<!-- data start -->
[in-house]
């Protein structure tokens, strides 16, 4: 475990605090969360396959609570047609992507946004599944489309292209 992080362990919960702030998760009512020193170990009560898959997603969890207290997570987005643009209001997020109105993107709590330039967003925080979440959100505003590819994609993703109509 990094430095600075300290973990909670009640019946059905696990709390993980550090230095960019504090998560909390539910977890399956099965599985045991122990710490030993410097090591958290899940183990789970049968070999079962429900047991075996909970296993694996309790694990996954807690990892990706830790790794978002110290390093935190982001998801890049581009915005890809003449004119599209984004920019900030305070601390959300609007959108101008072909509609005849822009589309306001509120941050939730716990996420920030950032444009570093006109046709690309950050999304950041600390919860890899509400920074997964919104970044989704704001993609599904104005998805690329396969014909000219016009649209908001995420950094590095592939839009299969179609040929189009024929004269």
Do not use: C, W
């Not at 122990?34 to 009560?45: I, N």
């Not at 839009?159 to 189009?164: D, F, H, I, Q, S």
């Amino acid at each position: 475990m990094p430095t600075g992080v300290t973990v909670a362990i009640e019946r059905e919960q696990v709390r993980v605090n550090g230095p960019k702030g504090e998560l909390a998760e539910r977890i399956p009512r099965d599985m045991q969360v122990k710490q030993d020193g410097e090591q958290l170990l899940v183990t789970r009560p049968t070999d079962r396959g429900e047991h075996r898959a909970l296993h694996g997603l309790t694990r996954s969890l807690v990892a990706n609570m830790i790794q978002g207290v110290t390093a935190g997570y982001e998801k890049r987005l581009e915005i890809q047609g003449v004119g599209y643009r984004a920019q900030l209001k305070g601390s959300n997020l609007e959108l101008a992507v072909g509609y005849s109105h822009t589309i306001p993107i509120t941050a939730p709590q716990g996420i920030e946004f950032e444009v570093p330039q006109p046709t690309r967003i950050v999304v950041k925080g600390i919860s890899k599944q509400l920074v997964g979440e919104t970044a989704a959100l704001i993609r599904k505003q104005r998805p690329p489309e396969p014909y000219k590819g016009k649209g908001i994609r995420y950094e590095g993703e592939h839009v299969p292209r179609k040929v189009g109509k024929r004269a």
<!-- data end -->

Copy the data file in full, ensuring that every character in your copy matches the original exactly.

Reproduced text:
[in-house]
């Protein structure tokens, strides 16, 4: 475990605090969360396959609570047609992507946004599944489309292209 992080362990919960702030998760009512020193170990009560898959997603969890207290997570987005643009209001997020109105993107709590330039967003925080979440959100505003590819994609993703109509 990094430095600075300290973990909670009640019946059905696990709390993980550090230095960019504090998560909390539910977890399956099965599985045991122990710490030993410097090591958290899940183990789970049968070999079962429900047991075996909970296993694996309790694990996954807690990892990706830790790794978002110290390093935190982001998801890049581009915005890809003449004119599209984004920019900030305070601390959300609007959108101008072909509609005849822009589309306001509120941050939730716990996420920030950032444009570093006109046709690309950050999304950041600390919860890899509400920074997964919104970044989704704001993609599904104005998805690329396969014909000219016009649209908001995420950094590095592939839009299969179609040929189009024929004269």
Do not use: C, W
């Not at 122990?34 to 009560?45: I, N």
């Not at 839009?159 to 189009?164: D, F, H, I, Q, S």
């Amino acid at each position: 475990m990094p430095t600075g992080v300290t973990v909670a362990i009640e019946r059905e919960q696990v709390r993980v605090n550090g230095p960019k702030g504090e998560l909390a998760e539910r977890i399956p009512r099965d599985m045991q969360v122990k710490q030993d020193g410097e090591q958290l170990l899940v183990t789970r009560p049968t070999d079962r396959g429900e047991h075996r898959a909970l296993h694996g997603l309790t694990r996954s969890l807690v990892a990706n609570m830790i790794q978002g207290v110290t390093a935190g997570y982001e998801k890049r987005l581009e915005i890809q047609g003449v004119g599209y643009r984004a920019q900030l209001k305070g601390s959300n997020l609007e959108l101008a992507v072909g509609y005849s109105h822009t589309i306001p993107i509120t941050a939730p709590q716990g996420i920030e946004f950032e444009v570093p330039q006109p046709t690309r967003i950050v999304v950041k925080g600390i919860s890899k599944q509400l920074v997964g979440e919104t970044a989704a959100l704001i993609r599904k505003q104005r998805p690329p489309e396969p014909y000219k590819g016009k649209g908001i994609r995420y950094e590095g993703e592939h839009v299969p292209r179609k040929v189009g109509k024929r004269a």